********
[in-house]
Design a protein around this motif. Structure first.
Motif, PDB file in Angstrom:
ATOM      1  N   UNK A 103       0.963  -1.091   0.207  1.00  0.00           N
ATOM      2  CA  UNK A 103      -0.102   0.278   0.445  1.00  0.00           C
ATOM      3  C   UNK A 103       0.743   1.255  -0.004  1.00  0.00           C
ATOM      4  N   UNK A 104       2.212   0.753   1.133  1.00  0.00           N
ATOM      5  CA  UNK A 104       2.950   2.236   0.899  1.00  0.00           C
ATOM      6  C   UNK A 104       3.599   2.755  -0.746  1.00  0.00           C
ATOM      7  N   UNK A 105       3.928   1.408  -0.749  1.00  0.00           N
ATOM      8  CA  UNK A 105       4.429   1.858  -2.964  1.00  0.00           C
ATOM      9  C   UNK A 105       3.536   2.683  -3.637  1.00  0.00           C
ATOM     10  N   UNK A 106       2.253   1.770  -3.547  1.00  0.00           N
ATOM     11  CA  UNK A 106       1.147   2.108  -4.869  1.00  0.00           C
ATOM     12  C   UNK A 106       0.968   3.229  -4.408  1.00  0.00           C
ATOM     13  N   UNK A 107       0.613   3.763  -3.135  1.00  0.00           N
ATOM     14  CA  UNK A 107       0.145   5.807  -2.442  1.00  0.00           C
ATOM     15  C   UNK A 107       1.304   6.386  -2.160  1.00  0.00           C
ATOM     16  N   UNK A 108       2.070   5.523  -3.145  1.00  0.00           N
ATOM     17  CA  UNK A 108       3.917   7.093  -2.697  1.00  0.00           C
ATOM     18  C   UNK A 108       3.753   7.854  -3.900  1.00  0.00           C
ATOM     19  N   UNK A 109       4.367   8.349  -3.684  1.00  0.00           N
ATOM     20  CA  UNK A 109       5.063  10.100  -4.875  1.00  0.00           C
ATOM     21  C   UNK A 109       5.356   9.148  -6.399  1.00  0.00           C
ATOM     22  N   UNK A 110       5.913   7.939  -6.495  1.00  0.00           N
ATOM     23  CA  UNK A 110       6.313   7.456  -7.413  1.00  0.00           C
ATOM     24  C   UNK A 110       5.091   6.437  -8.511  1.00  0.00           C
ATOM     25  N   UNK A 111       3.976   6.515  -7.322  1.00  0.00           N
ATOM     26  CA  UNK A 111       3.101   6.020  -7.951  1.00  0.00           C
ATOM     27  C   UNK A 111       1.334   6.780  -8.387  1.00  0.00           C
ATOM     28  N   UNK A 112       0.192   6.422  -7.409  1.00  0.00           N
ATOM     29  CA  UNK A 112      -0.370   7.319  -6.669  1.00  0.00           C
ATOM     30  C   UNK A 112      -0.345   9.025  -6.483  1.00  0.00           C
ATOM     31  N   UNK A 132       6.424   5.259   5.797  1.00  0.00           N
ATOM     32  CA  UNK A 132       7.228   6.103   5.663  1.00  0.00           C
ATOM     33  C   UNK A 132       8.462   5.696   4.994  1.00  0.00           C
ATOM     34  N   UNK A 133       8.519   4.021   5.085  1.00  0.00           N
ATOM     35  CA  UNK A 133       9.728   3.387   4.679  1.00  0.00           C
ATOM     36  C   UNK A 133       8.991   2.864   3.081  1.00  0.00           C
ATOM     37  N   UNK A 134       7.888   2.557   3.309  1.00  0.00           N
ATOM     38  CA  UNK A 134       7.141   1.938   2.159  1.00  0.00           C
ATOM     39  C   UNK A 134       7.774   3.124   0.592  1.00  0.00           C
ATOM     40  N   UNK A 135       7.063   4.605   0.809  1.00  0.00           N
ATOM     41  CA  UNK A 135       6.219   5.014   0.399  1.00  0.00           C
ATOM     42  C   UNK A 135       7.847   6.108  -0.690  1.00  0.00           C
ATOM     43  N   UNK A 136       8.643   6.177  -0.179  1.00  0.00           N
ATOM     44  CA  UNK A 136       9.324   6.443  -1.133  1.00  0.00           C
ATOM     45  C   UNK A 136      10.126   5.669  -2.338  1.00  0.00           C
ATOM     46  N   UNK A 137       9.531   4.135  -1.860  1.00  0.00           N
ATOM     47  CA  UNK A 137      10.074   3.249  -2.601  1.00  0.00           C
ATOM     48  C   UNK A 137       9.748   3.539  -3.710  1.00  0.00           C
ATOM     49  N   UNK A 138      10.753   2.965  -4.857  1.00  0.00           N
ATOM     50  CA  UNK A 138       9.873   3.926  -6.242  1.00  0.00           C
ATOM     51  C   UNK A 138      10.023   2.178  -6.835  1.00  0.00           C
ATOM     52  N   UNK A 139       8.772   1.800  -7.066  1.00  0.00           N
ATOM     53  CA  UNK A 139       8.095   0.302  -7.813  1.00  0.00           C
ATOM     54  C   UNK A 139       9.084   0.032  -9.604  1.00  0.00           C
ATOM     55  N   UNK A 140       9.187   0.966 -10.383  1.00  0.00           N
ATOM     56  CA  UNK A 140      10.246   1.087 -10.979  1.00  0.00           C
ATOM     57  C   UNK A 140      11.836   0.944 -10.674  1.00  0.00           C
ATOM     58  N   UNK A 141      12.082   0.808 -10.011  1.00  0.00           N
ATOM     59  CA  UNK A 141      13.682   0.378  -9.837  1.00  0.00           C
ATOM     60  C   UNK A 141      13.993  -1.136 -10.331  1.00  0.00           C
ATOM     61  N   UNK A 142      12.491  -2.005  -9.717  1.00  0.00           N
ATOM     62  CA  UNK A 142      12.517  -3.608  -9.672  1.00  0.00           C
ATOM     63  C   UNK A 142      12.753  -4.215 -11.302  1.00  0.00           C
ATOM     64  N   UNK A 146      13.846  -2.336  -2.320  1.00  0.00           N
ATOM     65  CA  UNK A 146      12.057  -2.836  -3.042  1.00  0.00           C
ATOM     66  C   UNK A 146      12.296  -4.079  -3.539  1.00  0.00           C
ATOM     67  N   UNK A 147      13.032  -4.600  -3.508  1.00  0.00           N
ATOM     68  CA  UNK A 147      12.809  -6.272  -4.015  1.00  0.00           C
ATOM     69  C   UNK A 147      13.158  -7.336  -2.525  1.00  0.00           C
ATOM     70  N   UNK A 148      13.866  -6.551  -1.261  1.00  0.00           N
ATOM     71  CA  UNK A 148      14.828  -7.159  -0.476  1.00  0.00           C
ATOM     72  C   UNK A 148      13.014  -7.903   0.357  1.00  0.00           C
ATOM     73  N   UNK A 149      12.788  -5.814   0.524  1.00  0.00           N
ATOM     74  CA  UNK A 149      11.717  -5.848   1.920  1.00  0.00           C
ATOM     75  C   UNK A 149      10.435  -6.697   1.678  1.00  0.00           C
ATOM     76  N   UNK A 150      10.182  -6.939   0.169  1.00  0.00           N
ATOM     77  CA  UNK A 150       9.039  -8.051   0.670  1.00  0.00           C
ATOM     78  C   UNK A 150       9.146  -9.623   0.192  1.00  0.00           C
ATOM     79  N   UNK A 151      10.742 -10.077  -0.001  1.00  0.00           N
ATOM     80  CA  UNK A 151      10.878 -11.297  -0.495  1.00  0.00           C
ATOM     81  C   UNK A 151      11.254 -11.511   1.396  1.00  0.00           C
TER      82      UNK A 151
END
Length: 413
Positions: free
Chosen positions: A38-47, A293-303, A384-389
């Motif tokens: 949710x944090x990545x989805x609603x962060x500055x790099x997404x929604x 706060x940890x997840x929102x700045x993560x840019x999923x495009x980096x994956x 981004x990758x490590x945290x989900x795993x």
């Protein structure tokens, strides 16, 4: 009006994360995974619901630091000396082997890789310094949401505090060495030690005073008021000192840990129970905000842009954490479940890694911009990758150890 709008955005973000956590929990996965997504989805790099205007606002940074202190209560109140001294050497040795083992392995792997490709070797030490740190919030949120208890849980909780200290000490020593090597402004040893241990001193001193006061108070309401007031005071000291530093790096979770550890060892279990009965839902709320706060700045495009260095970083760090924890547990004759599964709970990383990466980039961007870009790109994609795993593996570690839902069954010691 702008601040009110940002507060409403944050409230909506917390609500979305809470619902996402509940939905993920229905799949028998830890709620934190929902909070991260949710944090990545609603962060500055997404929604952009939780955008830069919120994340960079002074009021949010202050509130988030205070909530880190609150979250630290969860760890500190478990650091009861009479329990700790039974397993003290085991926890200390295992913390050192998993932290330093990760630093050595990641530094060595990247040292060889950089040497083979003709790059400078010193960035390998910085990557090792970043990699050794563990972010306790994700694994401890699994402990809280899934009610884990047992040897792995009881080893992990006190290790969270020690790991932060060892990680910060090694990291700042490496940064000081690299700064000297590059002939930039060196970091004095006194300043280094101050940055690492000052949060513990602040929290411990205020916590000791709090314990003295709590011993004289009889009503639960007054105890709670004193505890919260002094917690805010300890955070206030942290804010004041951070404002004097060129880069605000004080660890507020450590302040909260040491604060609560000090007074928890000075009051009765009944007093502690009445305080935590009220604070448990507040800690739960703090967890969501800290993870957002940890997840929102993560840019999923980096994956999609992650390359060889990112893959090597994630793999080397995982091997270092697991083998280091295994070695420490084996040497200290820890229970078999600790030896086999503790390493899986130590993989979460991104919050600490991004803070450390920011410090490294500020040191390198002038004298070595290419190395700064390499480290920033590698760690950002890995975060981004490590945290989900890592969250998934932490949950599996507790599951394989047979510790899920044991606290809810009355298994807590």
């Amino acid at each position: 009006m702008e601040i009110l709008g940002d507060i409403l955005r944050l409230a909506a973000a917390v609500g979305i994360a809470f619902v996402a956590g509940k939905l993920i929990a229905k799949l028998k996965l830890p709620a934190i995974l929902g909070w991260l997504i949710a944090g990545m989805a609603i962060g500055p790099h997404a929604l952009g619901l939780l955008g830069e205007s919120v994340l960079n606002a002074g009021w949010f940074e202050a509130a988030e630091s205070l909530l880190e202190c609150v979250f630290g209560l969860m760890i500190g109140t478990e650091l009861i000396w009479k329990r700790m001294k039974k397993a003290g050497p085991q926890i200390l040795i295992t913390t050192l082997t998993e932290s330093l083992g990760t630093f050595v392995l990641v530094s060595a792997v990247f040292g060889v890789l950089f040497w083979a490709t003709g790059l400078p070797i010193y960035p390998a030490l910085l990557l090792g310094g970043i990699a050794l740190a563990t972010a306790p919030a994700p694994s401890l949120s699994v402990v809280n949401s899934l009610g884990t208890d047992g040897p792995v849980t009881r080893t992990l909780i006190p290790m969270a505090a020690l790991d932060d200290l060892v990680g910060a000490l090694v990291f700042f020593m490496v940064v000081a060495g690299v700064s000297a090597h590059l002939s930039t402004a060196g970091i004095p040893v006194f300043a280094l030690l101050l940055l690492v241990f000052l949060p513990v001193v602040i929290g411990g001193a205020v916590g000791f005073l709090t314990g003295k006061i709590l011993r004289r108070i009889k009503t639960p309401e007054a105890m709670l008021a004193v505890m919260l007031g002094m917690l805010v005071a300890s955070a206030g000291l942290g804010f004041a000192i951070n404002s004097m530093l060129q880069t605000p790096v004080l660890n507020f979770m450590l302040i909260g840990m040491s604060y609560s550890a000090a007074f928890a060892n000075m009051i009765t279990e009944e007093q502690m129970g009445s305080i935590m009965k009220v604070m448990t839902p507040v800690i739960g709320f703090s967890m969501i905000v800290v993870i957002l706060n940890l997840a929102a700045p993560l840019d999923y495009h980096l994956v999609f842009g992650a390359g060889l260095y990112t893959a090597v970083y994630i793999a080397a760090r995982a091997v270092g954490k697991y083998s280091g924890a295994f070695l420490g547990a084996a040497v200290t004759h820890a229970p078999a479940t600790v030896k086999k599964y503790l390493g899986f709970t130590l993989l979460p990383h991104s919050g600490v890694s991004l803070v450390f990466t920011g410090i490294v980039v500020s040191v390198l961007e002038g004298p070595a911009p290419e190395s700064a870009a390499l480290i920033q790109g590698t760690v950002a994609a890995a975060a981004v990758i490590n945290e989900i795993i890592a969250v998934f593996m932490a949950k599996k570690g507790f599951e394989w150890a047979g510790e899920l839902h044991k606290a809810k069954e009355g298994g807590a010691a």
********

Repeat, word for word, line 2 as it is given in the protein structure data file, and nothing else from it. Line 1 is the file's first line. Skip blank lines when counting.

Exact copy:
Design a protein around this motif. Structure first.